Dull minor odds and ends today, I suspect. Not much happened. What happened does not bear describing. I wish I could share something I found yesterday, but - get this - that has to wait for the regular Friday feature about 1958 radio show interstitial music. Just has to, don’t you know.
Actually, it does. When I put it up, someone might tweet a link and give me credit for finding it, as if I found the item, converted the ancient film to digital form, put it up with annotations, and let the Google spiders draw a thin thread from its existence to the search box in my browser.
A lot of the web’s praise for “finding” and “unearthing” consists of typing into Google and having an eye for the odd result. I’ll give Brain Pickings credit for coming up with interesting stuff; it deserves its prestige, even if the tweets announcing new posts overuse “stunning” so much I wonder if every visitor to the site staggers away with stars and chirping birds circling their heads.
This piece about a primer on suburbs reveals the sort of thing that makes you bookmark a site, or just pay it the occasional visit. The reveal of a worldview that assumes its audience shares the obvious precept. I don’t make those assumptions here, beyond assuming that you enjoy “retro” content for the same reasons I do - a look at the culture of the past, an appreciation of graphical styles, an interest in advertising culture and the general top-down sense of Confidence and Unity we can infer from the artifacts. Also, it reminds us of footy-jammy time, when we were very young and secure and ate Frosted Flakes and trusted the world. All those things. Also, you’ve probably been reading for a while, and feel like you know me somewhat.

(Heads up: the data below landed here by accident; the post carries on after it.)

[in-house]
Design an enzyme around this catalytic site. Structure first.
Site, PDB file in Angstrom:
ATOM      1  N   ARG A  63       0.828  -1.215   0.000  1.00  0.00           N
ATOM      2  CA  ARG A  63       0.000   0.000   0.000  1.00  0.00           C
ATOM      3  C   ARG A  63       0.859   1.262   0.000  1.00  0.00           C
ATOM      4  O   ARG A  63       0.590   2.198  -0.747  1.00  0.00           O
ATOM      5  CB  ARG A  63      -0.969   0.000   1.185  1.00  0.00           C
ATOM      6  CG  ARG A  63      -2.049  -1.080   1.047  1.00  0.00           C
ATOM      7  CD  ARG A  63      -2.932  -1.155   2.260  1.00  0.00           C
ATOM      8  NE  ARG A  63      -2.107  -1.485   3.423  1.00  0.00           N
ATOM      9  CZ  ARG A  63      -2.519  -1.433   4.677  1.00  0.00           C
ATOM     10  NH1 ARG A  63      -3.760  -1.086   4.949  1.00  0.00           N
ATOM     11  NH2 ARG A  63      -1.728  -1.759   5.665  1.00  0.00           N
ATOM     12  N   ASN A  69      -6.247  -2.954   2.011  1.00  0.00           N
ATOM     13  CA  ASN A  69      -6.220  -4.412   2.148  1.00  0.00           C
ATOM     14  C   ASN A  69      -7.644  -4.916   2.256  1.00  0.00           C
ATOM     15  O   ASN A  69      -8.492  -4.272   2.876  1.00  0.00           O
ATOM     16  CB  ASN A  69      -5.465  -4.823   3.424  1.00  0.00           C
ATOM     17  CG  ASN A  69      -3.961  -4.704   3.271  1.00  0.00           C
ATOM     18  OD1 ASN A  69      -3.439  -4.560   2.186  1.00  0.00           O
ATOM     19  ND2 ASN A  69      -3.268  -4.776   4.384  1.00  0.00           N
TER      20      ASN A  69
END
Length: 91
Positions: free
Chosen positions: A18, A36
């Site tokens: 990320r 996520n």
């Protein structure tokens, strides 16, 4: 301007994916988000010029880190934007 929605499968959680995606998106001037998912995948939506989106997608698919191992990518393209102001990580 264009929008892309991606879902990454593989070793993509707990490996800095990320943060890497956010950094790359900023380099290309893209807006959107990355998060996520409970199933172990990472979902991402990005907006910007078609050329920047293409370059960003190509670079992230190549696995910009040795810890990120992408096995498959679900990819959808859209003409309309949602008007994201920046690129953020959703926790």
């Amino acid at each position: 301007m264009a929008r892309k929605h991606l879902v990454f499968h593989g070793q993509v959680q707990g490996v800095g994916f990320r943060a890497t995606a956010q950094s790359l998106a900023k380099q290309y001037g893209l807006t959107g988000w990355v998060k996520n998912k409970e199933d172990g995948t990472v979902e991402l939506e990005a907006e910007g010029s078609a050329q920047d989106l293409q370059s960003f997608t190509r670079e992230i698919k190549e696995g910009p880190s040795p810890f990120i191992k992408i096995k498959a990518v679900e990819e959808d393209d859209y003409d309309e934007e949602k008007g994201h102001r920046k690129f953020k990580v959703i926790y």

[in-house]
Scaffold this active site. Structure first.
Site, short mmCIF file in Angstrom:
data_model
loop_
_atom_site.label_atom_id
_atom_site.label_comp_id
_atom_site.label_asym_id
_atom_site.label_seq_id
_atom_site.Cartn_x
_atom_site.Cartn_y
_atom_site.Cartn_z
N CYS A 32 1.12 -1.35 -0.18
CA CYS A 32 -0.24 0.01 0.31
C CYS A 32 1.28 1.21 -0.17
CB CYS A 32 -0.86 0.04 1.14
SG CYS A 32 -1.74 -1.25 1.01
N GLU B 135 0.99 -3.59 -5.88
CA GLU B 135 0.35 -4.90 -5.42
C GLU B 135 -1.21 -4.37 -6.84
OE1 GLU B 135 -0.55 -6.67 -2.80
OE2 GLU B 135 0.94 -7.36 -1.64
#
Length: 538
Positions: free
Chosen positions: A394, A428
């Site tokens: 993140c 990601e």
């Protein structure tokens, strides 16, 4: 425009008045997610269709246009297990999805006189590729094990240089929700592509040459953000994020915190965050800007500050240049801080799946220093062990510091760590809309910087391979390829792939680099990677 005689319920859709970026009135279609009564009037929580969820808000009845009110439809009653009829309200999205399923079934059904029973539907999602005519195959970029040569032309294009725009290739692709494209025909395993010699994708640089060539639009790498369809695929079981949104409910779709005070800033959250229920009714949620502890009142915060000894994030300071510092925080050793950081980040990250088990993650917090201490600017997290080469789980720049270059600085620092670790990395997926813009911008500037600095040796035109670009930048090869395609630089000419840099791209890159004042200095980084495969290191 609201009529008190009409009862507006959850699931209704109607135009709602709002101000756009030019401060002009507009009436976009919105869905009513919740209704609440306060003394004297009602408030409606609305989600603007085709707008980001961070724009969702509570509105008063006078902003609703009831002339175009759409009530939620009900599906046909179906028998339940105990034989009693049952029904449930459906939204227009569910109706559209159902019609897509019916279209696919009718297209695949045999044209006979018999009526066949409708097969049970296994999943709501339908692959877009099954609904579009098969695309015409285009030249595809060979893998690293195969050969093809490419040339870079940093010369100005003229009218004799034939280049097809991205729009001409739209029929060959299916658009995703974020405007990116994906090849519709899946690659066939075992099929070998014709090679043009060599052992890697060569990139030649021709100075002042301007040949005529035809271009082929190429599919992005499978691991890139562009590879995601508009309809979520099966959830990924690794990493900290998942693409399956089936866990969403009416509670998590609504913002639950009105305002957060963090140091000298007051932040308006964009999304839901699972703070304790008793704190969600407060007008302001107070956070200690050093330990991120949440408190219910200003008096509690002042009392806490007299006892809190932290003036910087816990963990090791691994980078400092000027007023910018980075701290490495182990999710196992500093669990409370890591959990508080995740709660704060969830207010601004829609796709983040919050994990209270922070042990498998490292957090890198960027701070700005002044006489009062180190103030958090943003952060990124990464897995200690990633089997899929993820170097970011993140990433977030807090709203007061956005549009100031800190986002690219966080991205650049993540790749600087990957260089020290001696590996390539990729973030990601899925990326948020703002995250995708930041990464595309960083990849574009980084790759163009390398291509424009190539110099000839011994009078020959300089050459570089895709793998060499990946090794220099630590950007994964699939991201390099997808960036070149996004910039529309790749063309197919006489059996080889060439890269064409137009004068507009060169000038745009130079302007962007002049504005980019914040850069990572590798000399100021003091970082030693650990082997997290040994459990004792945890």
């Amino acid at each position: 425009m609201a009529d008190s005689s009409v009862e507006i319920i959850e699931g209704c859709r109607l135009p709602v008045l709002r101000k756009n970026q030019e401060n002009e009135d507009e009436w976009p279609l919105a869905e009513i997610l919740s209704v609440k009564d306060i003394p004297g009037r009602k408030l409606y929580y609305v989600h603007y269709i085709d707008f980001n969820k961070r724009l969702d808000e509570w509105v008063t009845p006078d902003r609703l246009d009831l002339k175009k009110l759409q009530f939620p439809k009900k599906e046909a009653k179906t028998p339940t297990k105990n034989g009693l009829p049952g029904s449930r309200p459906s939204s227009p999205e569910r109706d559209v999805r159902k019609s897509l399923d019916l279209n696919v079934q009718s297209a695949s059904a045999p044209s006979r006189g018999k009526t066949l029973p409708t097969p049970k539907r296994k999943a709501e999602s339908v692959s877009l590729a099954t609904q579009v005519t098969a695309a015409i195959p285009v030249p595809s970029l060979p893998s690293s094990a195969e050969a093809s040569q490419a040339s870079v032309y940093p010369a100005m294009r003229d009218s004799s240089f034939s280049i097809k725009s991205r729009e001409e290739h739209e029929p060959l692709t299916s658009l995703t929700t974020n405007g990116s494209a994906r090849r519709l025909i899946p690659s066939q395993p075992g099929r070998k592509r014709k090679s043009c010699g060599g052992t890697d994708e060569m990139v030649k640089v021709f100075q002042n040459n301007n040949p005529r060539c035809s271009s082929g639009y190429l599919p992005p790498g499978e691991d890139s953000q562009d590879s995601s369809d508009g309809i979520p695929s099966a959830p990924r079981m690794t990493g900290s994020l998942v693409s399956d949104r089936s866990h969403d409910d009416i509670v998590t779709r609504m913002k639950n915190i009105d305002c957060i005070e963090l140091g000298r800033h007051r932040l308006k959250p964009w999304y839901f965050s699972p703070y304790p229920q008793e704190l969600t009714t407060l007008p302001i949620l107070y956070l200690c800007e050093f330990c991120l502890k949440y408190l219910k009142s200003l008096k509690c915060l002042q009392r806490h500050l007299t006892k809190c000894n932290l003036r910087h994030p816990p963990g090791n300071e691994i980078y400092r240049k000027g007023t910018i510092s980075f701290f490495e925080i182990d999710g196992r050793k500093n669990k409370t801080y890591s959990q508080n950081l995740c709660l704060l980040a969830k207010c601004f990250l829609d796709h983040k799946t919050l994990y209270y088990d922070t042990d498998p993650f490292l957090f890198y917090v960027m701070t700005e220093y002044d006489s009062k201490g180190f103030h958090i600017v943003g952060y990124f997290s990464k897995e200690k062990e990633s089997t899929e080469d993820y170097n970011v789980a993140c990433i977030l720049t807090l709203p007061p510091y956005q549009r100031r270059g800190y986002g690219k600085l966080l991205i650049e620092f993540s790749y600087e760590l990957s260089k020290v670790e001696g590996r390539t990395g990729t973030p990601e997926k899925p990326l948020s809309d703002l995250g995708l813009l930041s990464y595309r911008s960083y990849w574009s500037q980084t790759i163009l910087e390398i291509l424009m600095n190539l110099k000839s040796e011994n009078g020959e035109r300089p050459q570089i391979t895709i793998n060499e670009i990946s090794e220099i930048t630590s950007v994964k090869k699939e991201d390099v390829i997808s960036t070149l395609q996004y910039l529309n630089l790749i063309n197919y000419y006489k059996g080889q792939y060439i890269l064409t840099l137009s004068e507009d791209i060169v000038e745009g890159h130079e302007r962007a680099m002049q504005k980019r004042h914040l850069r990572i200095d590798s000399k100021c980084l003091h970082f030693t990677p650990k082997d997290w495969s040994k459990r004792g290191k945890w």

You probably do. I try to make myself a bit more ridiculous than I think I am, but I know it’s a way of admitting that I’m probably worse, and recognizing it doesn’t change the fact.
Anyway. About the suburbs.
Much has been written about what makes a great city, with recent theories placing walkability atop the list of favorable assets, deeming suburbs among the least desirable, most unsustainable, most culturally insular places to live.
Well, if much has been written about it, it must be so. Recent theories must be correct, because they are recent. I value walkability, but it’s a loaded term: I’ve read pieces from local urbanists who decry Minneapolis walkability because one cannot walk anywhere from everywhere because highways come along, and you have to go six blocks north to cross. Of course, “walkability” as a primary attribute would devalue autocentric burbs, which means them the least desirable.
To people who place walkability high on the list, and define it as “not having to walk more than 20 blocks to get what you need,” that is. The first-ring suburbs are walkable, and you can get to a commercial node on foot. The second-ring, less so; the far-flung exurbs with their cul-de-sacs and gated communities, much less so, which is why they are occupied by people who do not place walkability high on the list - even though they may enjoy walking in the neighborhood for its own sake.